By Mendy | @baobeihei


This week, Minari was nominated for six awards, including “Best Film” at the Oscars. Despite Minari making history, inconsistencies about Minari’s categorization as a “foreign language” reveal Hollywood’s ongoing racism, and should compel both audiences and artists to reconsider award show prestige. 

The Oscar nominations come after Minari’s disqualification from the “Best Picture” category at the Golden Globes and the Critics Choice Awards. Due to its dialogue being over 50% Korean, the film was instead confined into the “Best Foreign Language Film” category. This prevailed despite America not having a national language, and despite the movie entirely American production. In the cusp of February-March, Minari ultimately took home awards for Best Foreign Language film from both shows, but the joy of the win—and these current nominations—still remains tainted with disappointment. 

Specifically, while the adorable Alan Kim, who stars in Minari, recently went viral for his tearful acceptance speech at the Critics Choice, on-screen dad Steven Yeun grounded us with this bitter reality.

“Rules and institutions can never really capture the nuance of real life, and that is that Asian Americans make up the fabric of America as well, and it just sends a weird message, but happy that people will hopefully see this film so [I am] very grateful,” Yeun said, responding to the Golden Globes win.  

For more context, Minari is a film based on director Lee Isaac Chung’s Korean American family, and the experience they had moving to Arkansas from California. This treatment of Asian diaspora films is unfortunately not new. It also happened with director Lulu Wang’s film, The Farewell, which was based on Wang’s Chinese American family navigating her grandmother’s terminal illness.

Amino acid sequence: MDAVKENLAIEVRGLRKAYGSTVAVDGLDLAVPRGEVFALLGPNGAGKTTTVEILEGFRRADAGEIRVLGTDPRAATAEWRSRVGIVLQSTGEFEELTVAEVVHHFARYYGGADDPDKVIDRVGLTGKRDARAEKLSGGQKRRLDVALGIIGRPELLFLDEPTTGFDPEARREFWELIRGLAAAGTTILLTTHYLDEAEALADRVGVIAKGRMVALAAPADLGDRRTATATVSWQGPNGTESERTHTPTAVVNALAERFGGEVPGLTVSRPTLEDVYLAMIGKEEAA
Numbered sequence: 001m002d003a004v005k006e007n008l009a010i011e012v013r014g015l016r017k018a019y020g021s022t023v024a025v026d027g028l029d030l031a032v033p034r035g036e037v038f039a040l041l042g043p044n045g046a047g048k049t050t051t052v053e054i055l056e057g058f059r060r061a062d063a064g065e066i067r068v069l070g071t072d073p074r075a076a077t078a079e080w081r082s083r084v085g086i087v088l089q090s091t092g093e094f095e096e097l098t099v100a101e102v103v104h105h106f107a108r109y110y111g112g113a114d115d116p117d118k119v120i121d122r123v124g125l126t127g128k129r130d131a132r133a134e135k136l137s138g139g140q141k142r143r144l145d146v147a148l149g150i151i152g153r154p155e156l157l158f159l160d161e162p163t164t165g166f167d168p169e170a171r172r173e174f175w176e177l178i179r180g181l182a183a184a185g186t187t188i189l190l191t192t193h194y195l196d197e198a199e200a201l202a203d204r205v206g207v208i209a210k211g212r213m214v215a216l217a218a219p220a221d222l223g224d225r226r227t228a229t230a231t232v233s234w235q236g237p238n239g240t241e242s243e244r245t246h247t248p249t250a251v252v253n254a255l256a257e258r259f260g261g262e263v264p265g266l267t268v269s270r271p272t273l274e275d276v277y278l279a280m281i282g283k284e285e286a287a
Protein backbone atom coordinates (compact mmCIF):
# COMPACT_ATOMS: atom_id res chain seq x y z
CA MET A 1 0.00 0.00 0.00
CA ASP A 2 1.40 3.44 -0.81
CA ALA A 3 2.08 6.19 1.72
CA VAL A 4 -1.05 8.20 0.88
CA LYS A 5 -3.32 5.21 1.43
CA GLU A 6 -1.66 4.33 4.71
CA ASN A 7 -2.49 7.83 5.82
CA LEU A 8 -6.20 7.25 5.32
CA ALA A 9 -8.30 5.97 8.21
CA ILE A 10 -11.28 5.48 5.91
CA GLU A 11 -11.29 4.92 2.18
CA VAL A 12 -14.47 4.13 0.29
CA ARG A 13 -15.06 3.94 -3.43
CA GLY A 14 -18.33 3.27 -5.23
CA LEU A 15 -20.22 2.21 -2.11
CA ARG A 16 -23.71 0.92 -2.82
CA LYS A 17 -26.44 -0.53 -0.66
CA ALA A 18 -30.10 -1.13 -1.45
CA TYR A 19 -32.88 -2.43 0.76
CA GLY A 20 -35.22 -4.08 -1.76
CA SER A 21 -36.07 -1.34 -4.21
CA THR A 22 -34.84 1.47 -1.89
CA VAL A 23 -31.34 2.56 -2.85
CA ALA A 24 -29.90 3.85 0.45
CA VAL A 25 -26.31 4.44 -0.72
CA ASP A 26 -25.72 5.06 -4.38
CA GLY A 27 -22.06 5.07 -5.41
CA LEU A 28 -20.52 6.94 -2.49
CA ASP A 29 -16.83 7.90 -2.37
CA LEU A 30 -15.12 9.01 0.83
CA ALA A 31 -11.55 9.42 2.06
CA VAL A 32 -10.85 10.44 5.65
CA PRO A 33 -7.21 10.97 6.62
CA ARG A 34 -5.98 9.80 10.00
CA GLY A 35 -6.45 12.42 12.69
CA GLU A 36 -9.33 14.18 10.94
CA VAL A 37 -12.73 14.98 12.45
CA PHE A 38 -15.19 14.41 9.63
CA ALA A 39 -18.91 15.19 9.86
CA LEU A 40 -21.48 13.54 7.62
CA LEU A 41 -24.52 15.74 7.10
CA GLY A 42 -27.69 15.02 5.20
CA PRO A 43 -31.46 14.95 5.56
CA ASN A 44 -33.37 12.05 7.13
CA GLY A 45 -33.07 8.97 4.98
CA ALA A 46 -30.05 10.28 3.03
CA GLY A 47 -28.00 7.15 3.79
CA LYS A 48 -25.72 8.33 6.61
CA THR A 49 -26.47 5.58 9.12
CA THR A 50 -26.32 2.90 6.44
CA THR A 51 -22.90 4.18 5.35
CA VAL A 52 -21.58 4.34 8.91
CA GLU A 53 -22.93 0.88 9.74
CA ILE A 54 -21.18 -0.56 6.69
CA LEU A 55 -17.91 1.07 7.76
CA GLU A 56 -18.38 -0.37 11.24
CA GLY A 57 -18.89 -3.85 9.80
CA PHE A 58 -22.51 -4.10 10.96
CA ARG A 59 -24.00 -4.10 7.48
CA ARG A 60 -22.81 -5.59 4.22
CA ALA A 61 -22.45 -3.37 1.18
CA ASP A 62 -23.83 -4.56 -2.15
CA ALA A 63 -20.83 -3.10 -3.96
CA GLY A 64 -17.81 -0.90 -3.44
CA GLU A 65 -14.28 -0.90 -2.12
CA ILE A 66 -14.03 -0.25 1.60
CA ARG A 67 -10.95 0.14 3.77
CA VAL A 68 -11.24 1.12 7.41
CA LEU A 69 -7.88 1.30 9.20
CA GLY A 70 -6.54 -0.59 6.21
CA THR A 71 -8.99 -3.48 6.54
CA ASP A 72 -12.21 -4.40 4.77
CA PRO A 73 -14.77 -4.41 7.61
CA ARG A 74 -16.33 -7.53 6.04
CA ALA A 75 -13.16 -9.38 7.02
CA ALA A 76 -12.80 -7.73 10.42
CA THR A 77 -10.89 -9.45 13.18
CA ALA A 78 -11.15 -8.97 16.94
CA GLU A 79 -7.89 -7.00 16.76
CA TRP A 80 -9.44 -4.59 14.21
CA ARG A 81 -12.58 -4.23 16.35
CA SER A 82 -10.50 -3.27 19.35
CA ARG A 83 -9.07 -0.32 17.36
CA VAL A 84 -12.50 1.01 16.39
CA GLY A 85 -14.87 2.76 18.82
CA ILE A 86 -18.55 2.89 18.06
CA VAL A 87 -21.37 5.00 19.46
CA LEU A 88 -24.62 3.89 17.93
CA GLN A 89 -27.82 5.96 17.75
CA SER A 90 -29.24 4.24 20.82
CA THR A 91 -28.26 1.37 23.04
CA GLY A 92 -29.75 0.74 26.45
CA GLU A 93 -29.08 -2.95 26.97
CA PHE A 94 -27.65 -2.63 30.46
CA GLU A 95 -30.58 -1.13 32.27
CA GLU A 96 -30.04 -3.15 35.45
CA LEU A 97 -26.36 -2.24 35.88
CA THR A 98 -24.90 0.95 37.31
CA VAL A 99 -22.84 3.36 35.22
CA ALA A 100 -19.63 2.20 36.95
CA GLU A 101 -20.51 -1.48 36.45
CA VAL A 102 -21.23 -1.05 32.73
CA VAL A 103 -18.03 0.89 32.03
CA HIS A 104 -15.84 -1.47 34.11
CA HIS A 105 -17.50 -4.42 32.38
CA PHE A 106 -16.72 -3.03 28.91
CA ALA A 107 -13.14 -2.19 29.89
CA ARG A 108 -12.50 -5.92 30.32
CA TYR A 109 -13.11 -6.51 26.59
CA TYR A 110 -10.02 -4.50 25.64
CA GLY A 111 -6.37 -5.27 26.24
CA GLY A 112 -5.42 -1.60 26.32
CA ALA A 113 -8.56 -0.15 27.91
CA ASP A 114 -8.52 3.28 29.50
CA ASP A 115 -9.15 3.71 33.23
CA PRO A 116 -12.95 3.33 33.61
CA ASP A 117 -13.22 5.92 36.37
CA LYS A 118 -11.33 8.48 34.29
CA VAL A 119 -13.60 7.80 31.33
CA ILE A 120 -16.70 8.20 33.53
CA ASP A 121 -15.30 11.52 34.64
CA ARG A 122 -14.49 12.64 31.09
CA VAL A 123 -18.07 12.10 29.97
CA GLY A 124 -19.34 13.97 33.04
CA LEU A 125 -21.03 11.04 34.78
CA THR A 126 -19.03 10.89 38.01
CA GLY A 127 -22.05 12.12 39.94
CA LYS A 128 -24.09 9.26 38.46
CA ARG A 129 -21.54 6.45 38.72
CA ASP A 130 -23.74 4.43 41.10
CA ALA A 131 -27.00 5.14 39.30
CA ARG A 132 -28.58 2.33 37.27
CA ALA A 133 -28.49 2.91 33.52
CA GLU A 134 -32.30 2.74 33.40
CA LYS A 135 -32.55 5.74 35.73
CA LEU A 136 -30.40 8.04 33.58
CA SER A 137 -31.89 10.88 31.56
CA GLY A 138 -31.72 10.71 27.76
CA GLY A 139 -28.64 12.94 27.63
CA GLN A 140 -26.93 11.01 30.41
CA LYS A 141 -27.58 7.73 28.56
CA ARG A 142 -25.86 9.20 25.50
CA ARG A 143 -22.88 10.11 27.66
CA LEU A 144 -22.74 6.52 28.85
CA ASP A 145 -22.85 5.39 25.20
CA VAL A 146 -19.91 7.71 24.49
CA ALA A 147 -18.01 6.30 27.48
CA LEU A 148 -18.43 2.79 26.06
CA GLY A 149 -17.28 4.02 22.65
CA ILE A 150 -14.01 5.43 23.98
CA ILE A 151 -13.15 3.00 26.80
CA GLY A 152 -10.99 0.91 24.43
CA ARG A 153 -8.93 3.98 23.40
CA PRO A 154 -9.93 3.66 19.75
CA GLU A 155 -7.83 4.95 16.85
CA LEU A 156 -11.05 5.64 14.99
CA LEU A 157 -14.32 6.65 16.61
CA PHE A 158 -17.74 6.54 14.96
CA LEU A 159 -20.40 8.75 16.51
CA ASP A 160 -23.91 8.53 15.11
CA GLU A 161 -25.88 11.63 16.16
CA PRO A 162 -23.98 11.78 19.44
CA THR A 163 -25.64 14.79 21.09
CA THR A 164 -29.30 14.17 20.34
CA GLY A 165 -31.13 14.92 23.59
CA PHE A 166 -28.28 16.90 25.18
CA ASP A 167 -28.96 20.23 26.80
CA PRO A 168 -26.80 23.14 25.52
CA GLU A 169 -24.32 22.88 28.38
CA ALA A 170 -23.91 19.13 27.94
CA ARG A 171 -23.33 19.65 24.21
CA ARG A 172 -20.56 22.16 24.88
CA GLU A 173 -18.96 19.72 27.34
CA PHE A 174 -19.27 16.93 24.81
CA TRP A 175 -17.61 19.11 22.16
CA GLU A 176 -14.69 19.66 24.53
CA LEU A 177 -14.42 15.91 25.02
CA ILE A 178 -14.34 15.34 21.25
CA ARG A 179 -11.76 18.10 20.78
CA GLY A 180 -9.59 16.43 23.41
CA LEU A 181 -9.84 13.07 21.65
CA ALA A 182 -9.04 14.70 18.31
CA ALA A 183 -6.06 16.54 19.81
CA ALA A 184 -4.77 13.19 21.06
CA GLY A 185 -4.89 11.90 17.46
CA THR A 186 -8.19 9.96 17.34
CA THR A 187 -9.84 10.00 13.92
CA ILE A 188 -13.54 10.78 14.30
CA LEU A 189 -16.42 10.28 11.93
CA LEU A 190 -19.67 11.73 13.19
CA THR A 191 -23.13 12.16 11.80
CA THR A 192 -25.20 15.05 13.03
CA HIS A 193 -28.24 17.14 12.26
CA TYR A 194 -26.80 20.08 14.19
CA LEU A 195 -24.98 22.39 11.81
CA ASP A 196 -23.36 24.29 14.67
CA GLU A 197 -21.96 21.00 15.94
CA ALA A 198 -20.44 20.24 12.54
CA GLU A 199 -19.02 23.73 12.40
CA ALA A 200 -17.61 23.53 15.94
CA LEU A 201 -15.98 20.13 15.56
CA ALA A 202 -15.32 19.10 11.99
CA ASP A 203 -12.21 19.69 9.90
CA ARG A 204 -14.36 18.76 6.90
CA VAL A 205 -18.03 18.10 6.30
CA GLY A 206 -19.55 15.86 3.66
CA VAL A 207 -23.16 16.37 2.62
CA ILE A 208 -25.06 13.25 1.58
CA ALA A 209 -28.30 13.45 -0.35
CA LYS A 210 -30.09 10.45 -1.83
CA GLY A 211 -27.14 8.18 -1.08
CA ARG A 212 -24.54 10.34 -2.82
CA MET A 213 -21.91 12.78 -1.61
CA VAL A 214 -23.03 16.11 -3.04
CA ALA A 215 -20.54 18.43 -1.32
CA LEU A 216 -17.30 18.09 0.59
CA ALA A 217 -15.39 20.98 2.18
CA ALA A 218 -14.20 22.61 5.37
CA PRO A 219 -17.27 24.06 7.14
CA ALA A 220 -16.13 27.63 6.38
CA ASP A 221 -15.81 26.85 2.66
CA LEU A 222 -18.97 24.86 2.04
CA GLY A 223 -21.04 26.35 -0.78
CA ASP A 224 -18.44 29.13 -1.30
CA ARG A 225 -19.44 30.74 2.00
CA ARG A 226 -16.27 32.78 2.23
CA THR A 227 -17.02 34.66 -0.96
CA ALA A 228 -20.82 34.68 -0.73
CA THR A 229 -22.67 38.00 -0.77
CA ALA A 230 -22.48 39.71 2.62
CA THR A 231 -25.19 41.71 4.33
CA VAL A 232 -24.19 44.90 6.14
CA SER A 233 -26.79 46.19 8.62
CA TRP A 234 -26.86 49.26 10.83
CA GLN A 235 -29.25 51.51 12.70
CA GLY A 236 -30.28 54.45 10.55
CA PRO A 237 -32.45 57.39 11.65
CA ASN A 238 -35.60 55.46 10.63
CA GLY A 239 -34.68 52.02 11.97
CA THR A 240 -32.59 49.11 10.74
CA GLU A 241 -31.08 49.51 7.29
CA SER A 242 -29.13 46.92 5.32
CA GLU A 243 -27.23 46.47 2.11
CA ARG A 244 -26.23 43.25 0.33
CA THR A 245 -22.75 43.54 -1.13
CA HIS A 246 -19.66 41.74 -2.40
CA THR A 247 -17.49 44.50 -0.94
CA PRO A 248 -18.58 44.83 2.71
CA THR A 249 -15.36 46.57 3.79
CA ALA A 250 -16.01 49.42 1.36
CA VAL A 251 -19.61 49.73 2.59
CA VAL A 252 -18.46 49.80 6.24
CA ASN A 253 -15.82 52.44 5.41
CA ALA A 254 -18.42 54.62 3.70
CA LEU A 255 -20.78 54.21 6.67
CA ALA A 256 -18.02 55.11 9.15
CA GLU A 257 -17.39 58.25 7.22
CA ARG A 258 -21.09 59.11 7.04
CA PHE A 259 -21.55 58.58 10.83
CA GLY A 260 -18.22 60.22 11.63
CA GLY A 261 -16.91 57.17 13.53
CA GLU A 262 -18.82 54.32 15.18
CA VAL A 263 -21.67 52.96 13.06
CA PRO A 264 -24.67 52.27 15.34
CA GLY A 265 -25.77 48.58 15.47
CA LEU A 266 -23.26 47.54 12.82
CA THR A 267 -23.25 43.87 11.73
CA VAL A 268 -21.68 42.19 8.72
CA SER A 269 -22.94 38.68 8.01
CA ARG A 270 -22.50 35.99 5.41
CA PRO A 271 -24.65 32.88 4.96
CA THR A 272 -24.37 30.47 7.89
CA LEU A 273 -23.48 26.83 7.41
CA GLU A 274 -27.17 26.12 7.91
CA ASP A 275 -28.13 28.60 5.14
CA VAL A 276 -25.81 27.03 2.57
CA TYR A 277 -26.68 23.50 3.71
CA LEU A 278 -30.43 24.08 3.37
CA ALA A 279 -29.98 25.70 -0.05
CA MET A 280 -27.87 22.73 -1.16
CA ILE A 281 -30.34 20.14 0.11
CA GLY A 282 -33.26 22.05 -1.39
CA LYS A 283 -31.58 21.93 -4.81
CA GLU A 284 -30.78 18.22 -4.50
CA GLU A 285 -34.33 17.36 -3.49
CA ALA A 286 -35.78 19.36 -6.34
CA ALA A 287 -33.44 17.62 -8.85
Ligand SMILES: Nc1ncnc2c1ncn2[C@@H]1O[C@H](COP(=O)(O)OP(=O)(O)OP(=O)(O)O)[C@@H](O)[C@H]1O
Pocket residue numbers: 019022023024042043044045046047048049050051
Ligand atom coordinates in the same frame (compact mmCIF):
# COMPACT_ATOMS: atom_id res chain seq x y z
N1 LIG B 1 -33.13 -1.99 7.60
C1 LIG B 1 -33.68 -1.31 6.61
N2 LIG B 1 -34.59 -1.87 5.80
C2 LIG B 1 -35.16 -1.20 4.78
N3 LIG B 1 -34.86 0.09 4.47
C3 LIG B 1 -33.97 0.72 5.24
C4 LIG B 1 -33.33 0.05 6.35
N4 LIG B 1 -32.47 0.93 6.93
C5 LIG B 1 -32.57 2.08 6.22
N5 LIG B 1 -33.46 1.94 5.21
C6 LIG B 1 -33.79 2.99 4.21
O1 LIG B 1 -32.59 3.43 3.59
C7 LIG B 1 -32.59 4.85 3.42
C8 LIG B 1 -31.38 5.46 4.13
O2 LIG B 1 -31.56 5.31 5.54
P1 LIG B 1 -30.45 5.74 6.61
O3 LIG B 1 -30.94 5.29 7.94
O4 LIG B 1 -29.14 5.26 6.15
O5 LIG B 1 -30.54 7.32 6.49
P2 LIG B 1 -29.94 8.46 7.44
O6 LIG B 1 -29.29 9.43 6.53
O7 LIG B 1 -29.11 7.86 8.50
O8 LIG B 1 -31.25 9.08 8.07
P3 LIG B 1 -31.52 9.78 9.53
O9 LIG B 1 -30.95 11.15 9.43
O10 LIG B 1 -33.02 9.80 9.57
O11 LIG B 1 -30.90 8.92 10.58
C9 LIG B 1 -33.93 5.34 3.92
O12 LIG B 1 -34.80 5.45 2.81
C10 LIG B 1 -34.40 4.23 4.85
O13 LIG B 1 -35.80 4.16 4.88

Yet, every time, exclusion feels like a slap in the face, while inclusion feels like a consolation prize. It is not to downplay the accomplishments of these films, but these occurrences only amplify the racism that makes films, created by and for people of color, scarce. Even if they excel in every way, they are forever bound to being otherized, or a token. They cannot be masterpieces like white, Western films. 

This is the perpetual foreigner gaze, which continues to rear its ugly head. It is the idea that Asian Americans will never be seen as truly “American.” No matter how many Asian celebrities become mainstream or “gain visibility,” its lashes flutter when Asian celebrities get asked where they are from. Its brows wags when our favorite K-pop artists get told their English is good, despite being born in the West, and despite being more comfortable with English than with our mother languages.

But why are we constantly surprised when we are told we do not belong, when nothing has given us true hope that we ever did? From yellow peril/sinophobia in the late 1800s, to colonialism in Asia during the 1940s, to current increase of hate crimes against Asian Americans, why does it still come as a surprise every time?